Three Plainfield Library Candidates Removed from Ballot

David Schmidt, Alice Adeszko and Lauren Ledvina did not have enough valid signatures to seek spots on the library board this April.

And then there were six.

The field of candidates for four spots on the Plainfield Public Library Board of Trustees got smaller on Tuesday as an electoral board chaired by Will County Clerk Nancy Schultz Voots ruled that three candidates did not have enough valid signatures on their nominating petitions to remain on the ballot.

On Wednesday, Voots said many of those who signed either were not residents of the library district or were not registered voters at the address listed.

Will County Circuit Clerk Pam McGuire and Will County Assistant State's Attorney Mary Tatroe also served on the electoral board.

David Schmidt, who was appointed to fill a vacant spot on the board in September 2012, was ousted from the ballot, along with Alice R. Adeszko and Lauren Ledvina, after Plainfield Park District commissioner Peter Hurtado filed objections to their nominating forms.

According to Hurtado, numerous people who signed the nominating petitions did not live within the Plainfield Public Library District boundaries, rendering their signatures invalid.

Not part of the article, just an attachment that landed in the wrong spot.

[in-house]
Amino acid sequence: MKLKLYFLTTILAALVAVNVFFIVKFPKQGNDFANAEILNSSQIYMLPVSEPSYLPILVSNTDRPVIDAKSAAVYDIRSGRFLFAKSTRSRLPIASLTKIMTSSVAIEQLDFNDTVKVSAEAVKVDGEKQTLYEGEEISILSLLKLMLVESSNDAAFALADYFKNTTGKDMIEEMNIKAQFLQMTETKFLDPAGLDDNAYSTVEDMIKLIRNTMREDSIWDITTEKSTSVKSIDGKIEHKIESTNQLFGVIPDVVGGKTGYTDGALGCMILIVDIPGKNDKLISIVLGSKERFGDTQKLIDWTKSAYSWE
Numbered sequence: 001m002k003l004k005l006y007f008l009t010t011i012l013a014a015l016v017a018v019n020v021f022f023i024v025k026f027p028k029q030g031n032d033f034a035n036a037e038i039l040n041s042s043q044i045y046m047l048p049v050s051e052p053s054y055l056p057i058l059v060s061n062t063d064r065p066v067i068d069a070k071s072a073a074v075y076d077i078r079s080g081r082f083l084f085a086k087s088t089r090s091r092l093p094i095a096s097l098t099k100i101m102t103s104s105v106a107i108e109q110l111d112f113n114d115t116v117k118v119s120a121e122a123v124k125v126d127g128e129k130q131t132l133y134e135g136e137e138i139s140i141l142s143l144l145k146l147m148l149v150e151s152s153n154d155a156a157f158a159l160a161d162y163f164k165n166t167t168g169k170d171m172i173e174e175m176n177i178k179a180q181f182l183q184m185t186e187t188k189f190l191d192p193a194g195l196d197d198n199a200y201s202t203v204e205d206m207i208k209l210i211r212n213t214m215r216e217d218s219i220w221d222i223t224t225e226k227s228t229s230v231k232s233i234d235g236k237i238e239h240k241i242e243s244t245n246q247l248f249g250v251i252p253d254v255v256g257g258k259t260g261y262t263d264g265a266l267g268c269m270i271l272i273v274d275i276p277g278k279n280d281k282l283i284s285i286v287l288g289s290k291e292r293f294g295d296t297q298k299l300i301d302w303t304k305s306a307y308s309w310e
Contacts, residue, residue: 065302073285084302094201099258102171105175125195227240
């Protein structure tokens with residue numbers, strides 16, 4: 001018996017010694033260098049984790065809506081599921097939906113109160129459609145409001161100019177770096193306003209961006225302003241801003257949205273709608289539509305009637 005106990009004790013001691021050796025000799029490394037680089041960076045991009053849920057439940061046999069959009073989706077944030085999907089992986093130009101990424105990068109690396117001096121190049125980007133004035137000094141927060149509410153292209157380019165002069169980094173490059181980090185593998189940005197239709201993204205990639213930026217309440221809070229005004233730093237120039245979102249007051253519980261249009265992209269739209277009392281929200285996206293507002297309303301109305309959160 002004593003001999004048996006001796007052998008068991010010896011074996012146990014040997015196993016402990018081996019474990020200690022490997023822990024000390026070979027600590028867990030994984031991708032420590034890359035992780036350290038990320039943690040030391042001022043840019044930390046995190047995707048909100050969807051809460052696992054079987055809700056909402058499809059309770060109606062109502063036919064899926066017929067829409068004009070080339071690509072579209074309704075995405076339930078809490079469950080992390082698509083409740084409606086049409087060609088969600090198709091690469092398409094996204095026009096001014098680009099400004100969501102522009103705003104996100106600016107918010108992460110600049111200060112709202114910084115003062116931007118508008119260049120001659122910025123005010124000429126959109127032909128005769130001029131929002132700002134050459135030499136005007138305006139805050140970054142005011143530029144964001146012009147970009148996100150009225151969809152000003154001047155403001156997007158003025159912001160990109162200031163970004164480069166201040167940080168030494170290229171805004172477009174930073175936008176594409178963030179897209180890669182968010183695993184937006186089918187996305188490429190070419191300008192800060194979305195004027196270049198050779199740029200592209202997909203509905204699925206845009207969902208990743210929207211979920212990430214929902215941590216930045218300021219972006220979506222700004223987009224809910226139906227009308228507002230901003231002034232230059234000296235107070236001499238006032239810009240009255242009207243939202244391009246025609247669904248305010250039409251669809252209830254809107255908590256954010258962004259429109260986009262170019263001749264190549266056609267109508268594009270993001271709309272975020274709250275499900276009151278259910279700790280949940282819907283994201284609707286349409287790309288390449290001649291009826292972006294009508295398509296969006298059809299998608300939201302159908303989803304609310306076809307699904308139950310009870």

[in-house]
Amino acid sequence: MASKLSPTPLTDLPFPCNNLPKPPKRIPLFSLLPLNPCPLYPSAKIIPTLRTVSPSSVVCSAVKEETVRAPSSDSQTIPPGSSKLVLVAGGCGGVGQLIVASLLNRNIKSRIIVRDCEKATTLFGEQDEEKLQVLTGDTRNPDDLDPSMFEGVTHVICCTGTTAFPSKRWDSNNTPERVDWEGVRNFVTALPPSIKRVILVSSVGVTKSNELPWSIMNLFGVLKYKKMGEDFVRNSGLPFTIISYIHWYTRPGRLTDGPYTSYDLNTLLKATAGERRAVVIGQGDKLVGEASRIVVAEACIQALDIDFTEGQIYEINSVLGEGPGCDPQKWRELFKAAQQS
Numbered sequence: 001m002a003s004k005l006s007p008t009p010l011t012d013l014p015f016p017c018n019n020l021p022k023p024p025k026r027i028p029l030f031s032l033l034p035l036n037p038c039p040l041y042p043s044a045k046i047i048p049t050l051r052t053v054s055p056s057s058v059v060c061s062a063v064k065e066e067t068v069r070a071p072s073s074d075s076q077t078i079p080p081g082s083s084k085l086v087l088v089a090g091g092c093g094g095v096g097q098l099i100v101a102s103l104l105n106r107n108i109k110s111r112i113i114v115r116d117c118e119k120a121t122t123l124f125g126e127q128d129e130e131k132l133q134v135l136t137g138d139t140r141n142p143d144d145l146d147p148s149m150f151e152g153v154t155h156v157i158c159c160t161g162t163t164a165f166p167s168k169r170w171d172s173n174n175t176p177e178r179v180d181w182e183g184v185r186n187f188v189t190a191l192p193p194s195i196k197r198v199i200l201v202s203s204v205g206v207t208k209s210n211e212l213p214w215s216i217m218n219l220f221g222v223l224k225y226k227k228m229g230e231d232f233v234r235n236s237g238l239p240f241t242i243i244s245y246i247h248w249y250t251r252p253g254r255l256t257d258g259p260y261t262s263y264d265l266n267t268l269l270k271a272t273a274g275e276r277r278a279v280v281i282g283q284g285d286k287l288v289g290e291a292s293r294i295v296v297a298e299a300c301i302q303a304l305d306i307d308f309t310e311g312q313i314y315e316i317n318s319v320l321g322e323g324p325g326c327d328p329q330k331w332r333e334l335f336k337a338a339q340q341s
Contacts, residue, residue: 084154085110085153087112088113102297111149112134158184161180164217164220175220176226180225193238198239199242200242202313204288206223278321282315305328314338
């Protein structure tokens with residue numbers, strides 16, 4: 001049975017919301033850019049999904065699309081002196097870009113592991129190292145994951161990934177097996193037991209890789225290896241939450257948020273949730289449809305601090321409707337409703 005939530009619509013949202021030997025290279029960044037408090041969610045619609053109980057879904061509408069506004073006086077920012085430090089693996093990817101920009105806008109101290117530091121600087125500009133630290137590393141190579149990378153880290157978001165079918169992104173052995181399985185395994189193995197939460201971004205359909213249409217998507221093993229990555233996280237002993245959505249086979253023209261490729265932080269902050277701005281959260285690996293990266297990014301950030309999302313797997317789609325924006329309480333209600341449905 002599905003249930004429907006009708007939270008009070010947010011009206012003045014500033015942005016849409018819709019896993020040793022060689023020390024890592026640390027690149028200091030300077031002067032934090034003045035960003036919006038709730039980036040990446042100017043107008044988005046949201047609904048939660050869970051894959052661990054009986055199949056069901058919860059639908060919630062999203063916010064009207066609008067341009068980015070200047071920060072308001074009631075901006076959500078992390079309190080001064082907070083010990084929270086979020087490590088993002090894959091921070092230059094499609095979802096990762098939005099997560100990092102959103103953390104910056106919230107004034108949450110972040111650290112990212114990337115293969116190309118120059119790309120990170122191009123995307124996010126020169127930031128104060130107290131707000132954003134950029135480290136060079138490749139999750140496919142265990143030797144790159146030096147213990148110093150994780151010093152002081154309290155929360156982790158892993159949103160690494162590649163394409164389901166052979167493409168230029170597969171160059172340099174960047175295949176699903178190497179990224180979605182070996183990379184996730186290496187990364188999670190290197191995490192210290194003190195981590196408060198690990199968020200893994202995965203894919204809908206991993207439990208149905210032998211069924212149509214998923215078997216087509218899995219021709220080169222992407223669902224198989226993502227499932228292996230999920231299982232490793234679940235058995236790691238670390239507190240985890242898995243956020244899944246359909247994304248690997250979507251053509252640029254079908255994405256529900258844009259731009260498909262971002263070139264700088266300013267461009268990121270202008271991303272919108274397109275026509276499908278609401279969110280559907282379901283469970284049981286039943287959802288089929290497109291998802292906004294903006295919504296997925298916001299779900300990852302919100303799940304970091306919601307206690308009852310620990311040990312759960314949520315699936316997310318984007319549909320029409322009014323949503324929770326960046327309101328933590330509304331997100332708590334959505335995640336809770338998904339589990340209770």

“They did not have enough signatures,” Hurtado said, adding that the electoral board ruled that Schmidt had 44, Adeszko had 45 and Ledvina had 46 — less than the 50 signatures that were required.

That means that six candidates will remain on the April 9 ballot:

  • Mina Green
  • Vicki Knight
  • Patricia Miller
  • Carl F. Gilmore
  • Gretchen Fritz
  • Samantha Hurtado

Hurtado’s 19-year-old daughter, Samantha Hurtado, is one of the remaining candidates.

According to Assistant Library Director Lisa Pappas, Hurtado’s objections marked the first time in two decades that a library board candidate has been challenged.

The weren’t the only challenges in Plainfield for the April 9 contest.

On Jan. 11, Mayor Michael Collins survived an objection by potential Republican write-in candidate John Ledvina, but challenger Michael Lambert was removed from the race for village president after an electoral board sided with resident Jeffrey Schmitt.

Schmitt’s attorney Richard Kavanagh successfully argued that Lambert did not have enough valid signatures to stay on the ballot.

Read: Collins Will Stay on April 9 Ballot; Lambert Loses Election Challenge


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